6 steps to handling money in a recession

In times of recession, there are many ways to handle your money and generate new possibilities for now and the future

The recession is officially here. According to the National Bureau of Economic Research, after an unprecedented 128-month expansion, the economy peaked in February and has been going downhill ever since.

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The big question now is, how long will it last? Unfortunately, no one can be sure, as there are many variables that can affect the economy, and many of these are unknown. Remember, before the advent of COVID-19, the economy was booming, and no one anticipated that a virus would overwhelm the world. There are also known possible instabilities -- political and trade tensions abroad, an unstable oil market, and the likelihood that unemployment will remain high.

And then there's your money. It doesn't matter if you're one of the 43 million workers who have applied for unemployment benefits or one of the lucky ones currently employed, you still want to preserve as much of it as you can. Here are six smart tips you can use now to make sure you survive the recession and come out the other side with your money intact.

1. Revisit your investments

This current recession has probably taught you a lot about your portfolio diversification. Did you take on too much risk and watch your portfolio decline even more than the broader market? If so, how did that make you feel?

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If the answer is "Not very well," you may want to reexamine and rebalance your portfolio and invest in stocks that can provide more stability. Take a look at adding some dividend stocks, because you'll still be earning income even if the stock price is declining. Or if you want even more security, consider selling some risky investments and putting money into Certificates of Deposit (CDs).

2. Don't panic-sell

Fact: You only lose money in the stock market when you sell. So don't panic sell! Did you know that the average long-term return of the S&P 500 is around 10%? But in order to capture that return, you need to have a long-term investing vision and plan to hold through the ups and downs. If you panic sell in times of crisis -- like now -- you'll miss out if your stocks recover and reach even higher highs.

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3. Tighten your budget

You've heard it again and again: When the going gets tough, toughen up and tighten your budget. There's no better way to generate free cash than to review your expenditures and eliminate -- even temporarily -- items that aren't essential.

Considering that so much of the country has been on lockdown, and restaurants, theaters, movies, sporting events, and other entertainment venues have been closed, saving money should be easier now than it is during normal times. Where have you been putting the money you've been saving during these stay-at-home times? If you're not sure, create a budget to track your spending and see where you've been saving. Then continue cutting back in these areas once the economy opens again.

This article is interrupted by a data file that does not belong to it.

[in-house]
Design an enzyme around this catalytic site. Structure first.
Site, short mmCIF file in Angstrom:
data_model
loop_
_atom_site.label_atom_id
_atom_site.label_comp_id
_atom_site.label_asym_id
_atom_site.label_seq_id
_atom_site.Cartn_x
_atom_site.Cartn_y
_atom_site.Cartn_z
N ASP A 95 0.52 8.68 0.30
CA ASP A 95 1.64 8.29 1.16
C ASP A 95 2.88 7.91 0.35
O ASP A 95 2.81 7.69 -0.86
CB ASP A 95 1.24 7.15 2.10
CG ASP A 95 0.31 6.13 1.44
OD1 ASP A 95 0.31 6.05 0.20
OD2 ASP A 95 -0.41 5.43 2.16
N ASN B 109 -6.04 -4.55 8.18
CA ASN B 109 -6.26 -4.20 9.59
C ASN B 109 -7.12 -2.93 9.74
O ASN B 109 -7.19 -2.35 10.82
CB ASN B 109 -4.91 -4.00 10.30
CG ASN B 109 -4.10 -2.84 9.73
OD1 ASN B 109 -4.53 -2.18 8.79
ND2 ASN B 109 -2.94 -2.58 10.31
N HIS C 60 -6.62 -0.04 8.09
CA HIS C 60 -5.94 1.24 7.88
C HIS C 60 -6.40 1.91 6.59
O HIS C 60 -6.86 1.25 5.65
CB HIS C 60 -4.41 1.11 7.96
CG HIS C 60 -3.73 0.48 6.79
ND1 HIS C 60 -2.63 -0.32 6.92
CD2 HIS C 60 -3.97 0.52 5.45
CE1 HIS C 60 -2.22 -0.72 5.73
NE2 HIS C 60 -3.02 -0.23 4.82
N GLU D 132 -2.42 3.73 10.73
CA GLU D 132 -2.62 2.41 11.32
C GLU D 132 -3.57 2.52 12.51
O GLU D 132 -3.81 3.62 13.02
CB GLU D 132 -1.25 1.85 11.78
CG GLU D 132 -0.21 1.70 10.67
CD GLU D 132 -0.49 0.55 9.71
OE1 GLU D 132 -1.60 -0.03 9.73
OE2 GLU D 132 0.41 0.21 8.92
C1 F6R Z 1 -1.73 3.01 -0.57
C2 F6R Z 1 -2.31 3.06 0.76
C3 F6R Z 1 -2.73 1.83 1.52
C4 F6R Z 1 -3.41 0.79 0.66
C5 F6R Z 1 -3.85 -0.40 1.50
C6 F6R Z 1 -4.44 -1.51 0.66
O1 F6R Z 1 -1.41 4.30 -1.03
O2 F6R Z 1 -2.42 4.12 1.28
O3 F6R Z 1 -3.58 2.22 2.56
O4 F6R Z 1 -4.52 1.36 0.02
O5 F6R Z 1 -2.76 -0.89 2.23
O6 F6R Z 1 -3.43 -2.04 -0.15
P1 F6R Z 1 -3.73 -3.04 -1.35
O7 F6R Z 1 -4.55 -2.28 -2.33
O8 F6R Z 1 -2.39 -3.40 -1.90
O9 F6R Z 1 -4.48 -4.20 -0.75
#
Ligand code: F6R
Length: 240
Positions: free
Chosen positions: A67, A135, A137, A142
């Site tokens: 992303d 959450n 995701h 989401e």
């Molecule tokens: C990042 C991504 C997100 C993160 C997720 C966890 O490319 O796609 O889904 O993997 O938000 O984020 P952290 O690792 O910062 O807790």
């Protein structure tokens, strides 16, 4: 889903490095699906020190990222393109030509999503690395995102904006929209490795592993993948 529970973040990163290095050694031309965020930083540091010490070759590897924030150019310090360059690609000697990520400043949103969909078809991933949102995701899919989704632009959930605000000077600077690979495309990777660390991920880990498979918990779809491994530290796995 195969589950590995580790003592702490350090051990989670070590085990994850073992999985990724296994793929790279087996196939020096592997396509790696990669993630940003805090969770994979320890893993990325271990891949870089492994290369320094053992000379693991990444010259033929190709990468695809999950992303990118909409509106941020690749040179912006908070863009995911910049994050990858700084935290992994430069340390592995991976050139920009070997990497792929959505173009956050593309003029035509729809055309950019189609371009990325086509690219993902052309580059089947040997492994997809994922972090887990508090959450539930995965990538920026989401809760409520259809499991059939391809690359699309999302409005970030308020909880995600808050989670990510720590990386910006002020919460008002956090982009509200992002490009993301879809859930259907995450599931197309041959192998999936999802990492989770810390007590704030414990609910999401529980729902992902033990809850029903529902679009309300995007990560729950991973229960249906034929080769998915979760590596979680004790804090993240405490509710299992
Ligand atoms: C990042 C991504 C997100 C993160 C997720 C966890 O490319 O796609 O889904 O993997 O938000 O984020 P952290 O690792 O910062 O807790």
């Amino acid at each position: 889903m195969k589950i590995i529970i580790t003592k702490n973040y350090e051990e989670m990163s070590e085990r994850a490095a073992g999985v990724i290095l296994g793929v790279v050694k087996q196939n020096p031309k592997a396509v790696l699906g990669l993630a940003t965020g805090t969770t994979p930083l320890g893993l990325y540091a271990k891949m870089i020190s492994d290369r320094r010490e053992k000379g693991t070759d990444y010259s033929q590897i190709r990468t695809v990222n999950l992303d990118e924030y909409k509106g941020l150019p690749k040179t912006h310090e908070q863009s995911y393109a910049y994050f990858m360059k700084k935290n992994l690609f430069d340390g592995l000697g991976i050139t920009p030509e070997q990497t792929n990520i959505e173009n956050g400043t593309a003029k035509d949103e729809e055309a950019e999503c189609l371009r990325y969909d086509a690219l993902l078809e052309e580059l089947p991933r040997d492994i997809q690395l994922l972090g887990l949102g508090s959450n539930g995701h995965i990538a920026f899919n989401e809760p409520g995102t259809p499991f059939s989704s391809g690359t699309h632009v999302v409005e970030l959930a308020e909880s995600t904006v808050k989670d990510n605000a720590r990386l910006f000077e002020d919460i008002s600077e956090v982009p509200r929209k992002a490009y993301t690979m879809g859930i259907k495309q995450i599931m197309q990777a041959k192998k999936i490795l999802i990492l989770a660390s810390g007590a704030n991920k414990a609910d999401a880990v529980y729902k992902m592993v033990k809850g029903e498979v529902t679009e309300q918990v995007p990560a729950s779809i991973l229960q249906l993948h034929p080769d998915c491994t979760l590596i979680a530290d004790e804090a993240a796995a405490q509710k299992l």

4. Apply for a home equity line of credit

If you're still employed and have equity in your home, it may be a good time to apply for a home equity line of credit (HELOC). You generally need about 20% equity to qualify, but if you do, you'll have a credit line with a low interest rate at your fingertips in case you ever need it.

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Many HELOCs have a 10-year initial draw period when you're allowed to borrow money. During this time, you'll only need to pay interest on the money you borrow and not on the principal. After 10 years, if there's still an outstanding balance, it will convert to a regular mortgage loan and you'll have a set number of years (often 20) to pay it back.

5. Review your insurance policies

If you're stranded at home and looking for constructive things to do, begin a review of your insurance policies. You may find lots of cash lurking in their nooks and crannies.

Consider raising your deductibles, which could lower your premiums substantially. Also, you may not need all the coverage you have, and perhaps you have duplicate insurance. The money you save by tweaking these policies can provide extra cash during recessions.

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6. Invest for the recovery

Last, but definitely not least, manage your investments with at least one eye looking toward the future recovery. When the market tanks, it's a stellar time to purchase growth stocks because they'll be selling at a discount. Or consider adding to positions you already own, since you're already familiar with those companies.

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The recession is a time when opportunity will be knocking, so if you don't want to leave the door wide open, at least open it just a peep so you pick up some bargains.

The world may seem to be crumbling around you, but it's only temporary. After all, nothing lasts forever. In times of recession, there are many ways to handle your money and generate new possibilities for now and the future. By following the above tips, you'll be able to survive this challenging time and be prepared for the moment the economy and stock market soar again.

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